Staten has been a part of Dantonio’s coaching staff for the past 13 seasons, the first three at Cincinnati and the last 10 at MSU. He’s been the Spartans’ line coach for the past five years.

Charlie Strong, Temple have reportedly spoken as USF talk heats up

DALLAS, TX - OCTOBER 11:  Head coach Charlie Strong of the Texas Longhorns at Cotton Bowl on October 11, 2014 in Dallas, Texas.  (Photo by Ronald Martinez/Getty Images)
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Temple lost its head coach to an FBS program in the state of Texas. Could the Owls find his replacement in the form of the former head coach at that state’s flagship university? Or, as is looking more and more likely, could they “lose” him to a fellow AAC school?

According to at least one report the former could be the case as the Philadelphia Inquirer, citing a source familiar with the situation, reported that Strong and Temple officials have spoken about the vacant head-coaching job. How strong, so to speak, the former Louisville and Texas head coach’s interest is in the AAC football program is something the source couldn’t gauge, the Inquirer noted.

That said, “[t]hey had a conversation with Strong, that is a fact,” the source said.

The strongest, so to speak, competition for Strong may very well be coming from USF, with Roy Cummings of Florida Football Insiders reporting that “[i]t is believed that USF has already begun negotiating a contract with Strong.” A subsequent report from the Tampa Bay Times noted that USF spent Thursday in heavy pursuit of Strong.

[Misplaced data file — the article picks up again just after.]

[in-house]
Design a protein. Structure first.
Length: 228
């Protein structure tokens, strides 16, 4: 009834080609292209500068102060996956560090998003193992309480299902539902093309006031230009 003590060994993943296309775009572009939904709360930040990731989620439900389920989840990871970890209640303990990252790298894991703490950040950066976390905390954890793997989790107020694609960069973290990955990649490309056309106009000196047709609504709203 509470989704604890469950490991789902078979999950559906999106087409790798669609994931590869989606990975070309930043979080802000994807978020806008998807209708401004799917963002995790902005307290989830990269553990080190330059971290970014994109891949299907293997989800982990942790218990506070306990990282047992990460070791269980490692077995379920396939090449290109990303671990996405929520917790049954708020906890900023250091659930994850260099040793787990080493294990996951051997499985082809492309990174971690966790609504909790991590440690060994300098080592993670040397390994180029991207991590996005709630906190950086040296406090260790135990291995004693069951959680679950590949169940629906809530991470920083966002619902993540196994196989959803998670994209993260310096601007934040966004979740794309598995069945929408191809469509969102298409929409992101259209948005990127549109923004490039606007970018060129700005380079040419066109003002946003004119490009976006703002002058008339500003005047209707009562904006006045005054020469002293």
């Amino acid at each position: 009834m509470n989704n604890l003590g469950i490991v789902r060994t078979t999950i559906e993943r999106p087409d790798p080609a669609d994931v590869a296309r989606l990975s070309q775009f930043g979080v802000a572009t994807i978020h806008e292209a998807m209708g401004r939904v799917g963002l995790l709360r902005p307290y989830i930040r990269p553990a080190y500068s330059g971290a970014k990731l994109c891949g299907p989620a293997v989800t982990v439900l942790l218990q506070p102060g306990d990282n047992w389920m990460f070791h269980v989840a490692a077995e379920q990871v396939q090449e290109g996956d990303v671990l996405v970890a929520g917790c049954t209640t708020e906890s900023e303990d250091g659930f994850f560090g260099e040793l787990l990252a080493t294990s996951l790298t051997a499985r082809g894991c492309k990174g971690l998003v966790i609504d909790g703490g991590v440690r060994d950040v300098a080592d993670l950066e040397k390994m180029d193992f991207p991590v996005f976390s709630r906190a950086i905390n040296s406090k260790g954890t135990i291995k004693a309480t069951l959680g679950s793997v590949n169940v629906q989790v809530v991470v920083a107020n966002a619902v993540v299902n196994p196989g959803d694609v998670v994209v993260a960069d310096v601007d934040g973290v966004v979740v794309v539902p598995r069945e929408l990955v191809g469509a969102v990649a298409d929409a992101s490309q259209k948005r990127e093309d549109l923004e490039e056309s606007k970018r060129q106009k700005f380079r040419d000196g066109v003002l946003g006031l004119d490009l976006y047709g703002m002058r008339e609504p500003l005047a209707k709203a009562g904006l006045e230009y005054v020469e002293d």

The 56-year-old coach had previously been connected to the USF job, and his deep ties to the fertile recruiting grounds in the state that makes a marriage almost a no-brainer for both sides.

Strong was fired by the Longhorns in November after going just 16-21 during his three seasons in Austin. UT currently owes Strong roughly $11.2 million as part of his buyout. Per the terms of his contract, Strong must make “reasonable efforts” to obtain another job. If he does, USA Today wrote, “Texas’ obligation to him will be offset by an amount equal to 50% of the total compensation Strong receives from his new job.”

Matt Rhule, who left Temple for Baylor earlier this week, was paid just north of $1 million for his final season with the Owls, a figure that was eighth amongst AAC coaches. Willie Taggart, who created the USF vacancy by leaving for Oregon, was the fifth-highest paid coach in the conference at $1.7 million.

Strong’s salary final salary of $5.2 million was sixth nationally.